If you’ve been reading along this week, it must seem as if I’m obsessing with data. While my inner nerd is peeking through a bit, that’s not my real obsession. The data I’ve been writing about is only one aspect of what is a primary business obsession of mine: customer retention. It ought to be one of yours too.
Simply put, the only two things that should be a primary focus of your business thinking are making great products (or services) and providing great service to customers. Why? Because those are the two keys to customer retention and customer retention is the key to a successful business.
There is lots of research on the value of keeping a customer versus acquiring a new one. According to research by Market Metrics, your success rate selling something to an existing customer is around 65 percent. The probability of converting a new prospect, on the other hand, is only 5 percent to 20 percent. If you’ve been servicing those customers well and providing great products, that’s a very believable finding since the folks that know you, love you. They spend more too: research says about a third more.
So why aren’t you spending more time thinking about customer retention and about how to cut down the churn rate? Probably because the data points you’re reporting as KPI’s are emphasizing customer base growth. There is a place in the dataset for acquisition information and an important one at that. But, for example. when Google reports that 25% of new app users leave after the first day they install an app, obviously new users can only take you so far. Are you looking at retention rates by acquisition channel? Didn’t think so.
Data is a tool, not a crutch. The business is about growing and retaining customers. There are lots of ways to do that but at the core of every one of them are a great product and even better service. Is that what you can honestly say you have?
We have a statistic in the television business called churn.
(Photo credit: Wikipedia)
Actually, it’s more about the cable TV business and it’s short for churn rate. As is sometimes the case, Wikipedia defines it nicely:
Churn rate, when applied to a customer base, refers to the proportion of contractual customers or subscribers who leave a supplier during a given time period. It is a possible indicator of customer dissatisfaction, cheaper and/or better offers from the competition, more successful sales and/or marketing by the competition, or reasons having to do with the customer life cycle.
Obviously, if a company is to grow, that growth needs to exceed its churn rate – you need to gain more customers that you lose. Simple, right? It points out pretty clearly that keeping customers is at least as important as adding new ones. That simple thought is what popped into my head as I read the results of some research from the Accenture Global Consumer Pulse Survey. You can look for yourself here.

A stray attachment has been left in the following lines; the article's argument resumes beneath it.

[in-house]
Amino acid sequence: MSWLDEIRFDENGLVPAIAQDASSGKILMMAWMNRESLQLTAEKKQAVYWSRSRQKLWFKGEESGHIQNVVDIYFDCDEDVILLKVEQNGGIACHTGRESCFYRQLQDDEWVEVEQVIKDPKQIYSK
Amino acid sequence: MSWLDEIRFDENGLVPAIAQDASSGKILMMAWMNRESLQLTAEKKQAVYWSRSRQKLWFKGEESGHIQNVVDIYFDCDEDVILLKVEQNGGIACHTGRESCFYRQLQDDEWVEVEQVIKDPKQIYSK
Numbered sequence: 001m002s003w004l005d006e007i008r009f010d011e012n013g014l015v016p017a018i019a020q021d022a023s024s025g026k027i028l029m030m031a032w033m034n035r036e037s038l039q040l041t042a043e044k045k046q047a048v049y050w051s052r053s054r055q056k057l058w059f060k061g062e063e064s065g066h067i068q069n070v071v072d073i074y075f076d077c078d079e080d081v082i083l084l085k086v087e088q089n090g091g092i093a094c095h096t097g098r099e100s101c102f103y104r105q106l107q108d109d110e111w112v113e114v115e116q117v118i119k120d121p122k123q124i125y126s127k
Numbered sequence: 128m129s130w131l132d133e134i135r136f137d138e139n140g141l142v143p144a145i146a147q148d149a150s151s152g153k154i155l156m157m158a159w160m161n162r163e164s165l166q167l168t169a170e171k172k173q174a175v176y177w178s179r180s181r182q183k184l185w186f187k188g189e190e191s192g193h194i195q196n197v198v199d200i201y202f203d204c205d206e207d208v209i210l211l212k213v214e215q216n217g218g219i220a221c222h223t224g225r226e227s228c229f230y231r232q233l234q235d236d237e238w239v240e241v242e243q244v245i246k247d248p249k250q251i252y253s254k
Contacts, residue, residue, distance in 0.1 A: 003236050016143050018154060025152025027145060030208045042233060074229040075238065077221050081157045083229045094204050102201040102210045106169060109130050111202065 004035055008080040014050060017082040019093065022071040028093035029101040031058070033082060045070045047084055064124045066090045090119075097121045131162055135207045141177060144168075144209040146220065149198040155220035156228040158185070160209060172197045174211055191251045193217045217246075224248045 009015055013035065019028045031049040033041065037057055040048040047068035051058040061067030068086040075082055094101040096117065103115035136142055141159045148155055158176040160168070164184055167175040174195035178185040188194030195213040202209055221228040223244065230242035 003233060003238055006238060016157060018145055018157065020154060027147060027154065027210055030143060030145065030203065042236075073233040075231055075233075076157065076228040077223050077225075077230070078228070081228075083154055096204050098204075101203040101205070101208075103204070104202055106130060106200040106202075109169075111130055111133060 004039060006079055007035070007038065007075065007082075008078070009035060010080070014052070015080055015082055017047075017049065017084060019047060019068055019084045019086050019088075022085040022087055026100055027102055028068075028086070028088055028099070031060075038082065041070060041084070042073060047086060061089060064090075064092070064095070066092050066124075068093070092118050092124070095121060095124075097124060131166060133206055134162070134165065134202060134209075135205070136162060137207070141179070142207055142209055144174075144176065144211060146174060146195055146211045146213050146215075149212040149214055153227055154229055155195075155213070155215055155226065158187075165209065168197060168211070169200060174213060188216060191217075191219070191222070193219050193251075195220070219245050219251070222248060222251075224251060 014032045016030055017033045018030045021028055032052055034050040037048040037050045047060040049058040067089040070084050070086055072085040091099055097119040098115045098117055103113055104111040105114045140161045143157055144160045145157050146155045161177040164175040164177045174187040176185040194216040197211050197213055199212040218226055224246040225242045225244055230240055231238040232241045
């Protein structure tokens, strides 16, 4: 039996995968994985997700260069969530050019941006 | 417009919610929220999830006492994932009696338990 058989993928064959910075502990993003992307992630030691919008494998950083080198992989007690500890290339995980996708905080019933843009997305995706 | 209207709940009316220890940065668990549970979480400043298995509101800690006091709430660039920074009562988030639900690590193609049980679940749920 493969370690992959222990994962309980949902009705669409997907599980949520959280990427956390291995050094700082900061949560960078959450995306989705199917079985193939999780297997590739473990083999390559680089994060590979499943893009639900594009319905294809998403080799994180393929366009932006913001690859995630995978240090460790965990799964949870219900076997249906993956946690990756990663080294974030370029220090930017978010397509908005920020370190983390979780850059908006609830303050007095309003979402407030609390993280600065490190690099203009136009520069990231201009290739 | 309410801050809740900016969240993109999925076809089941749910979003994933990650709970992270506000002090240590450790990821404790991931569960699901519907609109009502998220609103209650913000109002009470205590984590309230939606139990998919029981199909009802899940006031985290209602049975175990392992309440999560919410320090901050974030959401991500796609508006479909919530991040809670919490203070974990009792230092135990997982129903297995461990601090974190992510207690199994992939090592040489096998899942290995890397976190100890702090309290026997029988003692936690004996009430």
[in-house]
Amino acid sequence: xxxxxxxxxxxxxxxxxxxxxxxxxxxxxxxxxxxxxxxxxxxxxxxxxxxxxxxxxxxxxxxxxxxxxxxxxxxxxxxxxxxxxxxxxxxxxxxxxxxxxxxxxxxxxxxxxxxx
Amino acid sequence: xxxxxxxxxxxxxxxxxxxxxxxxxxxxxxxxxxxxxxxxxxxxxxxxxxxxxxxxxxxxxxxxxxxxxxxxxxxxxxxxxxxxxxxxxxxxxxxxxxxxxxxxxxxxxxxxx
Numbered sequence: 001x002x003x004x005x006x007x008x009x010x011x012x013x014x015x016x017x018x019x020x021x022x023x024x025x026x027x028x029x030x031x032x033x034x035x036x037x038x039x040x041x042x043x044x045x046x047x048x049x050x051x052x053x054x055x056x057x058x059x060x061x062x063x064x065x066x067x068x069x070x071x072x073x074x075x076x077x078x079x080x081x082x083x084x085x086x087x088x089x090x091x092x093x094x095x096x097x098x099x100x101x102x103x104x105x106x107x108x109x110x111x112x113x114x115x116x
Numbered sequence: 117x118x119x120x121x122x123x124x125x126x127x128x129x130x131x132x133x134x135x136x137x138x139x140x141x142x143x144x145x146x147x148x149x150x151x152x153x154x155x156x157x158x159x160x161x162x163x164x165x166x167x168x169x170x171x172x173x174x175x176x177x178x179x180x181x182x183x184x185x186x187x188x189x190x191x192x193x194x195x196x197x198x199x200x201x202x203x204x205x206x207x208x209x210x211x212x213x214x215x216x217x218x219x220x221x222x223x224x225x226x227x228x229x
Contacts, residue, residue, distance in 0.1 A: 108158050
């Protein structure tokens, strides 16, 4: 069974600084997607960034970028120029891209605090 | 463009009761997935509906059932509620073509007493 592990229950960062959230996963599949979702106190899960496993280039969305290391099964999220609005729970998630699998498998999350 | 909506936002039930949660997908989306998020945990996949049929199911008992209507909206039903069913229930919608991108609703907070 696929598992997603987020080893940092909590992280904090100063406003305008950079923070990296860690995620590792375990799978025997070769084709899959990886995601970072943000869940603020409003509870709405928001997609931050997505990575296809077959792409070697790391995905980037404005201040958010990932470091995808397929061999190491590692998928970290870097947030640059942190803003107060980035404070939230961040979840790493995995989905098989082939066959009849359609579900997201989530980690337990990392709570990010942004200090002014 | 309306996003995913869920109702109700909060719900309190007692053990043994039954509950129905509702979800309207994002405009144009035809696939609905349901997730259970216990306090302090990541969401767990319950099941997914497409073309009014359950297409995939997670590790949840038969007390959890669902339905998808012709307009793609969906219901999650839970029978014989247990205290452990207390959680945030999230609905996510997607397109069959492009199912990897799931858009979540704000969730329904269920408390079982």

What they found was that companies are not working hard enough to stop consumers from switching. In fact, among people who changed service providers – banks, phone companies, retailers – 81% said that the company could have done something differently to prevent them from switching. Maybe it’s not as simple a thought as it might appear? As MediaPost reported:
The report says that while service providers… have more data and insights into consumer desires and preferences than ever before, providers have failed to meaningfully improve customer satisfaction or reverse rising switching rates among their customers.
Ouch. So what does that mean specifically?
- 91% of respondents are frustrated that they have to contact a company multiple times for the same reason
- 90% by being put on hold for a long time
- 89% by having to repeat their issue to multiple representatives
- 85% of customers are frustrated by dealing with a company that does not make it easy to do business with them
- 84% by companies promising one thing, but delivering another
- 58% are frustrated with inconsistent experiences from channel to channel
Marketing is often focused on growth. However, as any financial person will tell you, improved profitability can come from cutting expenses as it does from growing revenues (and I’m a strong advocate for the latter since those cuts often kill growth and revenues but that’s another screed!). Churn is the cutting of losses and helps reduce costs – I think it’s cheaper to keep a customer than to acquire one. It’s also something that businesses can fix if they focus on it. None of the study’s findings are difficult to address IF there is an awareness and a commitment to do so. Is your business ready to do that?